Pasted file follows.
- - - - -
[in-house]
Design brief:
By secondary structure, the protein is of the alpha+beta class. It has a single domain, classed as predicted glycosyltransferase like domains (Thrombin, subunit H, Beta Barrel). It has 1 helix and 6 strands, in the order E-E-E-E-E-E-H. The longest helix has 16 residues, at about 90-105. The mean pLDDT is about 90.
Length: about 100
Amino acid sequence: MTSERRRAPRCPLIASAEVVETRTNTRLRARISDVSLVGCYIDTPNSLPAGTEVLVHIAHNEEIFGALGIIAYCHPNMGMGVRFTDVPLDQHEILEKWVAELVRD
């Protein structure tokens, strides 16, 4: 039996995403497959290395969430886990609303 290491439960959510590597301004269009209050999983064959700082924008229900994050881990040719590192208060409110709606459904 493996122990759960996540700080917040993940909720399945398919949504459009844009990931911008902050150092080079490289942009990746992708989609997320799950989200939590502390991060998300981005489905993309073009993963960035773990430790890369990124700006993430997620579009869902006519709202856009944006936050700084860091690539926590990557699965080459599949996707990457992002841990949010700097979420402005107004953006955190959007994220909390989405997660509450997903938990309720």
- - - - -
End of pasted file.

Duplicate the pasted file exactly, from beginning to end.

[in-house]
Design brief:
By secondary structure, the protein is of the alpha+beta class. It has a single domain, classed as predicted glycosyltransferase like domains (Thrombin, subunit H, Beta Barrel). It has 1 helix and 6 strands, in the order E-E-E-E-E-E-H. The longest helix has 16 residues, at about 90-105. The mean pLDDT is about 90.
Length: about 100
Amino acid sequence: MTSERRRAPRCPLIASAEVVETRTNTRLRARISDVSLVGCYIDTPNSLPAGTEVLVHIAHNEEIFGALGIIAYCHPNMGMGVRFTDVPLDQHEILEKWVAELVRD
């Protein structure tokens, strides 16, 4: 039996995403497959290395969430886990609303 290491439960959510590597301004269009209050999983064959700082924008229900994050881990040719590192208060409110709606459904 493996122990759960996540700080917040993940909720399945398919949504459009844009990931911008902050150092080079490289942009990746992708989609997320799950989200939590502390991060998300981005489905993309073009993963960035773990430790890369990124700006993430997620579009869902006519709202856009944006936050700084860091690539926590990557699965080459599949996707990457992002841990949010700097979420402005107004953006955190959007994220909390989405997660509450997903938990309720």